Monday, 22 February 2010

Sharp Objects: review


Sharp Objects, by Gillian Flynn, won the CWA Debut Dagger three years ago, and having just read it, I can understand why. It’s a very accomplished piece of writing, and a disturbing novel of psychological suspense. If you’re after a comfort read, look elsewhere, but if you are prepared for a dark journey, you’ll be gripped by this book.

It’s the story of Camille, a reporter from Chicago, who is sent to her home town, the splendidly named Wind Gap, to investigate the murders of two young (and, it turns out, not very pleasant) girls. Inevitably, Camille goes back to her mother, the pretty but complicated Adora, and recalls the trauma surrounding the death, some years back, of her sister Marian.

Camille has more than her fair share of demons to exorcise, it turns out. Among her own dark secrets is the fact that she self-harms, and after years spent cutting words into her body, she is terrified of anyone seeing the damage she has done to herself. Yet she is a beautiful woman, and becomes involved both with the out of town cop investigating the crimes, and the prime suspect.

Although the story sags a little in the middle, the beginning and end are outstanding. It’s an original and well-written book, with a memorable protagonist and a splendidly evoked locale. Wind Gap isn’t exactly Stepford, but it’s a place where women are in the ascendancy - and not in a good way. I found the book troubling, but it did impress me.

8 comments:

Ann Elle Altman said...

YOu find the most wonderful books. I will have to find this one, it's right up my alley.

ann

Elizabeth Spann Craig/Riley Adams said...

Interesting! I'll look it up. Sounds troubling but intriguing. And the mention of "Stepford" has me wondering what's going on in the town...

Elizabeth
Mystery Writing is Murder

Maxine said...

I read this novel, but wasn't that impressed. I liked the writing style but I didn't find the character convincing as a journalist. And is it that believable that she'd not be given expenses even to stay in a cheap motel? Or even so, if she hated her home life so much, that she couldn't afford to stay somewhere cheap to avoid her family? But I rather liked the deep south overblown melodrama and the awful made-up teenagers. I think my read of it was not helped by the fact that I instinctively knew who the baddie and "hidden plot" were going to be. But, I don't want to be too down on it, I did enjoy it, and I know what you mean by "troubling".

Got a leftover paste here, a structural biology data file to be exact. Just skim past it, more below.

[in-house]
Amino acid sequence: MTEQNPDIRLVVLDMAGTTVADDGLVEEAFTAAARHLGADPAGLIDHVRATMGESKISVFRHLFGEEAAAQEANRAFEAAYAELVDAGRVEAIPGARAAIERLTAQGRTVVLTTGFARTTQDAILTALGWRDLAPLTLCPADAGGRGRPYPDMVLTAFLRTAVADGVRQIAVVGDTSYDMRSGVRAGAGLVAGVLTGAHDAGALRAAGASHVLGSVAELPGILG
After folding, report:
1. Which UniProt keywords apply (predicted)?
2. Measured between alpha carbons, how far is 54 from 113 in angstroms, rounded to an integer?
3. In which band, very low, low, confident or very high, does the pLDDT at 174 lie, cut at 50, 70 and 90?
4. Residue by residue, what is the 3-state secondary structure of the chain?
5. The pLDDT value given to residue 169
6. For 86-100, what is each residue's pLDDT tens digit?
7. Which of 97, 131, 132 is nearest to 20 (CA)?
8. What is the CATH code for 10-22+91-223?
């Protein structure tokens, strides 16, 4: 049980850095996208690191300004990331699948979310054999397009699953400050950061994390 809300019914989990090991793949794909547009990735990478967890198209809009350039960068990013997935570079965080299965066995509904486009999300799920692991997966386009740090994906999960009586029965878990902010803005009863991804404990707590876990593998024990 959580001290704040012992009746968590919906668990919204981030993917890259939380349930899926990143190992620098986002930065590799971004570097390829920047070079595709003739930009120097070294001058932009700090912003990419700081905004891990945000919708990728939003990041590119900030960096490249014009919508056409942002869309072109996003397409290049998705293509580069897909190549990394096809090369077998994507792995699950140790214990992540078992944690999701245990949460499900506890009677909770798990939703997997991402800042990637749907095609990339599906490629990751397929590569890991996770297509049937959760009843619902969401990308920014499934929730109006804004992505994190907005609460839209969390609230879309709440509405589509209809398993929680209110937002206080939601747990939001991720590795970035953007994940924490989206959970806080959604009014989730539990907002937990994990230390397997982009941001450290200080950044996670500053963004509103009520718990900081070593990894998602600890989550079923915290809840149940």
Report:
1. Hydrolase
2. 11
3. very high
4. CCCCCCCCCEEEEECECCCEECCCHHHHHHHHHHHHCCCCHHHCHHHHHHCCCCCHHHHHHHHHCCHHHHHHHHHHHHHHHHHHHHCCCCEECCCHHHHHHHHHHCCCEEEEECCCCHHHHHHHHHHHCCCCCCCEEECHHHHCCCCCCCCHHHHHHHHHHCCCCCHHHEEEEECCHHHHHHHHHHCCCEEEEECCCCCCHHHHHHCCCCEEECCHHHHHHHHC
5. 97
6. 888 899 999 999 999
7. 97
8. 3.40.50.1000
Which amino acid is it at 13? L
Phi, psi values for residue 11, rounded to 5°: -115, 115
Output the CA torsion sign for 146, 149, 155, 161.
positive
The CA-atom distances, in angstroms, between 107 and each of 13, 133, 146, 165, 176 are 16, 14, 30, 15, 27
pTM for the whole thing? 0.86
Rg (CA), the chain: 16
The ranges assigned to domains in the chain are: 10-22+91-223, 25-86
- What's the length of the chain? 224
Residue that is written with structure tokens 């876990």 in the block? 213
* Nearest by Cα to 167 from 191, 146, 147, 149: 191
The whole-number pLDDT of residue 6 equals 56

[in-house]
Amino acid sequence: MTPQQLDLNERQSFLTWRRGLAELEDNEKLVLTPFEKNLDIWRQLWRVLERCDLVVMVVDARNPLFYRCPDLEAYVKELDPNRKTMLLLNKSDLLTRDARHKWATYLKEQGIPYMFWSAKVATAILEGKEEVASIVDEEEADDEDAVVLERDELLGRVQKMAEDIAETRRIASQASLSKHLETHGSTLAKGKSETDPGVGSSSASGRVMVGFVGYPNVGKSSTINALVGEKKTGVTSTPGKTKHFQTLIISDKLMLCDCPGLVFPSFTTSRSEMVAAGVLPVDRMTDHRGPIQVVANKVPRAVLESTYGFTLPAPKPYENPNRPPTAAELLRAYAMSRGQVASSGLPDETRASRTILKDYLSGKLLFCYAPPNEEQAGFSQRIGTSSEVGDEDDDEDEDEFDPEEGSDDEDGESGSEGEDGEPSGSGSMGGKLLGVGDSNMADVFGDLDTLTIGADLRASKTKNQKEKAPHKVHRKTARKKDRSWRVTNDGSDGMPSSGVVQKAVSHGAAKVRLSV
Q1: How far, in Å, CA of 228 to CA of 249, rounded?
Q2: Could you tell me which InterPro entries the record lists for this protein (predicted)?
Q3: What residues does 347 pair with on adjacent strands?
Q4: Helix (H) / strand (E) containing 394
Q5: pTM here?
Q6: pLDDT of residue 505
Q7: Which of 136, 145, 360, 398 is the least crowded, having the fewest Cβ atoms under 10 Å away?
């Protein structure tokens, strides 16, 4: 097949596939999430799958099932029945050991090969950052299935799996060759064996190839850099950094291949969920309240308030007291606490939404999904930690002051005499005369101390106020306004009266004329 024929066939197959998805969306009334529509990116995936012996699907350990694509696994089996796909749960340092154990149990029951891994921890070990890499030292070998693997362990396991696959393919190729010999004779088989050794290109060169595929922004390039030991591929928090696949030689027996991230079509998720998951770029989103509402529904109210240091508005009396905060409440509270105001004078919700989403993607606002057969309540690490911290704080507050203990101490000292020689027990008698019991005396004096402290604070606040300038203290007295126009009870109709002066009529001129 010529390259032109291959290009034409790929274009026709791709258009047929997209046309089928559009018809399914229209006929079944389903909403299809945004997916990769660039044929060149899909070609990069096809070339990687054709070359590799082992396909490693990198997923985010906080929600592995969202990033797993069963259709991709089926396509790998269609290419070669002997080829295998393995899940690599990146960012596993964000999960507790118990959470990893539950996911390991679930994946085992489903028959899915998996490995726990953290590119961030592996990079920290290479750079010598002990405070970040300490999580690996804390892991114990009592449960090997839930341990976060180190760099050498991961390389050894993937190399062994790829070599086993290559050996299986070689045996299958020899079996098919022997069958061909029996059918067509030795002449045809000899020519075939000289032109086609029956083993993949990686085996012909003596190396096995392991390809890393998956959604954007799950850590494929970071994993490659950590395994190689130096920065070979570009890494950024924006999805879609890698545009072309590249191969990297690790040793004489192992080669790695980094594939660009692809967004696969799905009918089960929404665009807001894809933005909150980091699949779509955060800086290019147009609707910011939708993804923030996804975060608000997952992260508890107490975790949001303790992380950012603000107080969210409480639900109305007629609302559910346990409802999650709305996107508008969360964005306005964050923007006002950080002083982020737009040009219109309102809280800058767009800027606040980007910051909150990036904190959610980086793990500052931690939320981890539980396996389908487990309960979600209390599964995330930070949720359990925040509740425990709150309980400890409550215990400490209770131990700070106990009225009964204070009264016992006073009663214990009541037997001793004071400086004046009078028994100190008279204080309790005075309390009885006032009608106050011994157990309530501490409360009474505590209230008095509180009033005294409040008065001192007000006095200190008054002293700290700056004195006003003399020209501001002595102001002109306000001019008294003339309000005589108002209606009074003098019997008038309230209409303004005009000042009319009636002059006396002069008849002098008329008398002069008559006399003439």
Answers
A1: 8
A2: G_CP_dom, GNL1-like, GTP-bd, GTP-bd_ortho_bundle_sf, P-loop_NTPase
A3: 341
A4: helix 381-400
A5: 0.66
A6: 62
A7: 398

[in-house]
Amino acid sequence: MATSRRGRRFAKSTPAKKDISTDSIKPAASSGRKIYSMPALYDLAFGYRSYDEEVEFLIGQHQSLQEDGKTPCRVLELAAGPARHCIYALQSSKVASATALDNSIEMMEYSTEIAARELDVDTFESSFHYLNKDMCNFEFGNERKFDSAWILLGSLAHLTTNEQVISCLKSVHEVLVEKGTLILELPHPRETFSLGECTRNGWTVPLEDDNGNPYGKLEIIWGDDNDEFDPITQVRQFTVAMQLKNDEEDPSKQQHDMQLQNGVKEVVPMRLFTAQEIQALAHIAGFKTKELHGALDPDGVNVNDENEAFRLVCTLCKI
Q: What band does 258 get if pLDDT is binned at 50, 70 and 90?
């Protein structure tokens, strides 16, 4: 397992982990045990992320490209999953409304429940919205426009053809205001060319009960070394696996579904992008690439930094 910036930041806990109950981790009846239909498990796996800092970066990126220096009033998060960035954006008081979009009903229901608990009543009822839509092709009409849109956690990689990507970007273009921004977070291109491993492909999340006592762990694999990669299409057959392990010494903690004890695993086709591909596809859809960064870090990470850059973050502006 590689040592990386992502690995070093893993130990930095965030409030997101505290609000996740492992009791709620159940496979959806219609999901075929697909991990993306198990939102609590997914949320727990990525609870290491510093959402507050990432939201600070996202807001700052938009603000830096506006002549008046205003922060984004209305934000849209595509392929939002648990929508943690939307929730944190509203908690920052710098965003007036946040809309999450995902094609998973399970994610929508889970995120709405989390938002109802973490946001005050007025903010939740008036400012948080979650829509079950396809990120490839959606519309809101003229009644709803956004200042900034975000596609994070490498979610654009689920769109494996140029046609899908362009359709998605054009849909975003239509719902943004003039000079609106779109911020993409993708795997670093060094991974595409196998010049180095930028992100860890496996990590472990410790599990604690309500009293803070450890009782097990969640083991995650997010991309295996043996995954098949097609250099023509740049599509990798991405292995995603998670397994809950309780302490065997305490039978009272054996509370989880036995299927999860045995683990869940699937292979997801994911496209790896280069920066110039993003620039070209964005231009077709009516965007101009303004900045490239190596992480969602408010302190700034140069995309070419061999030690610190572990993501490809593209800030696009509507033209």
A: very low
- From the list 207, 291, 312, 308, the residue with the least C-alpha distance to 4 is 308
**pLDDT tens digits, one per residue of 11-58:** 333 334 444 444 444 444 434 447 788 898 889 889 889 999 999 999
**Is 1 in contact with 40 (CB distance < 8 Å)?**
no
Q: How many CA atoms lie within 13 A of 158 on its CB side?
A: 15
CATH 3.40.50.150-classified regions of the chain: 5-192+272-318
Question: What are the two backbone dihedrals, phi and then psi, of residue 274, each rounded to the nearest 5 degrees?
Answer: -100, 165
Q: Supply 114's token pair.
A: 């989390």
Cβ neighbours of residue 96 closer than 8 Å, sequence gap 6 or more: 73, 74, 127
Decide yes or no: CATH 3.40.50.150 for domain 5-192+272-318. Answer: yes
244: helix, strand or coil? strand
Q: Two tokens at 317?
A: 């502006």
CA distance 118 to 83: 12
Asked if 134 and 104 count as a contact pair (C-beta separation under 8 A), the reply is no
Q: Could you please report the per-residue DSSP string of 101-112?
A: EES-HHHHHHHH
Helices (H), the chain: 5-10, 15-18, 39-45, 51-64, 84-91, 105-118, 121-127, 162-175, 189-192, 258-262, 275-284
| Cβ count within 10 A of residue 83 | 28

Martin Edwards said...

Thanks for the comments.
Maxine, as you say, there are various points that weren't credible, and in fact, half way through, I wes beginning to lose interest. But she rescued the narrative very well, I think, with some powerful writing, though again I would agree that the final twist was foreseeable.

Janet O'Kane said...

There was a feature on this writer in last November's Writers' Forum,which I remembered when I read your piece because of the cover artwork for Sharp Objects and its follow-up Dark Places - very arresting imagery. No one would pick either up in the mistaken belief that they were 'cosy'!

Martin Edwards said...

Hi Janet. I've heard good things about Dark Places, and I'd certainly be glad to read this author again. But as you say, cosy she isn't.

Barbara said...

The horrible women them (omg, women can be horrid? really, really? what a shock!) didn't work for me. The setting also seemed demographically unlikely. But line-by-line the writing had much talent behind it.

pattinase (abbott) said...

Me, too.